“When I first started to think about trying my hand as a writer, I knew that I would have to write about Dartmoor. Whether it was a mediaeval story or a modern day thriller, I was always drawn to the moors. Much of my research has been spent walking the moors with a rucksack on my back, camping out for two or three days at a time. There is no better way to see how our ancestors used to live, out in the wild without the noise of cars or aircraft to distract, but instead the wind soughing through the grasses – or the battering of rain as the weather changes.

Even with my latest book, Portrait of a Murder (April 2023, Severn House Publishing), much of the story is based on a real series of locations on Dartmoor. Why? Because Dartmoor has a unique atmosphere. It can be bright, picturesque, green and clear, with gorgeous views – but in moments all that can be snatched away, and suddenly the walker is in the midst of a fog that conceals everything more than a few paces away. On Dartmoor the visitor is always aware that behind the grandeur stands nature in all her wild and brutal beauty. And that, for an author, is captivating and inspirational.”


Photo credit: Michael Jecks

Sir Basil Thomson – Inspiring Fiction for Generations

Dartmoor has been the inspiration for works of fiction for many years. ‘The Dartmoor Enigma’ an Inspector Richardson Mystery by Sir Basil Thomson, explores a questionable ‘motor accident’ on Dartmoor and the subsequent investigation that follows when a mystery letter eludes to foul play. It is the 5th book in this crime novel series and was first published in 1935.



Arthur Conan Doyle – Famous Local Legends


Perhaps the best known tale featuring infamous protagonist Sherlock Holmes, The Hound of the Baskervilles was inspired by a local legend – the ghostly hounds that howl for blood in the dead of night. The novel explores the rolling, wild landscape in great depth, painting an eerie and sometimes chilling atmosphere. Dartmoor is expansive, unruly, wild, and strikingly beautiful – with the ability to inspire both fairy tales and nightmares alike. Bovey Castle offers folklore tours to hotel guests and day visitors, giving people a taste of this incredible wildness, that has evoked such powerful imagery in the minds of authors and artists throughout the ages.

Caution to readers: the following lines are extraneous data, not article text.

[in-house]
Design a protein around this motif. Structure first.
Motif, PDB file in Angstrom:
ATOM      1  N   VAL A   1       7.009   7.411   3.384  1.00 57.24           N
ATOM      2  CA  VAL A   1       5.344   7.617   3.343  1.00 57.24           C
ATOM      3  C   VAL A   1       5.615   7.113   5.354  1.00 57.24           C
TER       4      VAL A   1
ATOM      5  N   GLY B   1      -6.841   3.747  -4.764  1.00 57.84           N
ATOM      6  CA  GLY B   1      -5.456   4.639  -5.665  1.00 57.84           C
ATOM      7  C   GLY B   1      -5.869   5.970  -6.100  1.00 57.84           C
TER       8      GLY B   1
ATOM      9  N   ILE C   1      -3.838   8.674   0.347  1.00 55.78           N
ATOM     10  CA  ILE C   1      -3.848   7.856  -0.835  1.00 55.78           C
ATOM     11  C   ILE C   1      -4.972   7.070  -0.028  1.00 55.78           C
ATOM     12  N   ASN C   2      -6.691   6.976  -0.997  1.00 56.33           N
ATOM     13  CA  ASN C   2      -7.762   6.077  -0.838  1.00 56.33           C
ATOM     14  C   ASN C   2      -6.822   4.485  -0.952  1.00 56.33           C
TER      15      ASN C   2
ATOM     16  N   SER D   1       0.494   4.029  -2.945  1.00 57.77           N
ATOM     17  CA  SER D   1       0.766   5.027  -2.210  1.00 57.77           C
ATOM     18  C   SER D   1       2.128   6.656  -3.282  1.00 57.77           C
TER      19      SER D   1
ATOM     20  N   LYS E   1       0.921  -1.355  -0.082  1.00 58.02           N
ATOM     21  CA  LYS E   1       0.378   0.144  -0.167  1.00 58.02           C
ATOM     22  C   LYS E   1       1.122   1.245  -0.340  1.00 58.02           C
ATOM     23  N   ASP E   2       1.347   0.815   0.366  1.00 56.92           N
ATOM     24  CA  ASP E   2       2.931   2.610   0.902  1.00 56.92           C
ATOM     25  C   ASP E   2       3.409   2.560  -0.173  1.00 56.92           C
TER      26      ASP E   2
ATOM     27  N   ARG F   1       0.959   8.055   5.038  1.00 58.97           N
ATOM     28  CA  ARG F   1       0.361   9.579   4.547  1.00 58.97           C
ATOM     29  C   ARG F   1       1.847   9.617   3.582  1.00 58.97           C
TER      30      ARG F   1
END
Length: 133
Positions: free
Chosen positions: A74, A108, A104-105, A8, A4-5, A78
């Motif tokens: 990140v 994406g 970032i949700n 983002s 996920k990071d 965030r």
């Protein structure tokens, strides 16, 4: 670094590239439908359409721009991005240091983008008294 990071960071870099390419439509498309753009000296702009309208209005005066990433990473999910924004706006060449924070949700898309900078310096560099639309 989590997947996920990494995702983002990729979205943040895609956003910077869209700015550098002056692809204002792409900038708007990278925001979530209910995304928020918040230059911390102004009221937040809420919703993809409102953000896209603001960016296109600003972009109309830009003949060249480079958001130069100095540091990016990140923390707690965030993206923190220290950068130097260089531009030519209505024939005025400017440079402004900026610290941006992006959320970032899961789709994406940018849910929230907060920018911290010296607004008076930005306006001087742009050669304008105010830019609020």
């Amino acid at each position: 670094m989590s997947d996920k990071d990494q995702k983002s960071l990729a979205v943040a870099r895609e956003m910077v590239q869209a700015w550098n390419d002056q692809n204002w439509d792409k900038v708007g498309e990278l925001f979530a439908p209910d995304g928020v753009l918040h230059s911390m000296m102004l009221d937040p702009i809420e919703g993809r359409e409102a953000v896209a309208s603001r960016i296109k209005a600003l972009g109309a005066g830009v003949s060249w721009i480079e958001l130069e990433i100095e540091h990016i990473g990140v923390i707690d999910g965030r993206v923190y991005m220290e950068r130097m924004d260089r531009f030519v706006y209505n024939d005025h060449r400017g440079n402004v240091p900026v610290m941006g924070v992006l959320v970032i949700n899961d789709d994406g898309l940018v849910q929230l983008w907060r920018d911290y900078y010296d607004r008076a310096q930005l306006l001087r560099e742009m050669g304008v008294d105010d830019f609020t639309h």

Countless Works, Inspired by the Countryside

There is an extensive list of highly talented authors who have featured Dartmoor within their work. Heartfelt children’s illustrated story books, such as ‘Bertie’s Dartmoor Adventures by Sally Anderson, to poetry anthologies by local poets, wildlife inspired tales such as ‘A Black Fox Running’ by Brian Carter, fabulous works of non-fiction depicting the landmarks across the region, have all been born from the passion and emotion the moors evoke. It is impossible to credit all the incredible pieces that have taken inspiration from the region, so we encourage you to do a little research and discover your next literary escape for yourself. Or, perhaps venture to Dartmoor for a little inspiration of your own.

In conclusion, Dartmoor continues to be a rich source of inspiration for writers and artists. Whether it is the rugged beauty of the moorland landscape or the rich history and culture of the region, Dartmoor has a unique and enduring appeal. The living authors who have written about Dartmoor are all able to capture some aspect of this appeal, whether through historical fiction, crime novels, or non-fiction exploration. For those who have yet to experience the magic of Dartmoor, these writers offer a tantalizing glimpse of what the region has to offer.

Photo credit – Mark Lakeman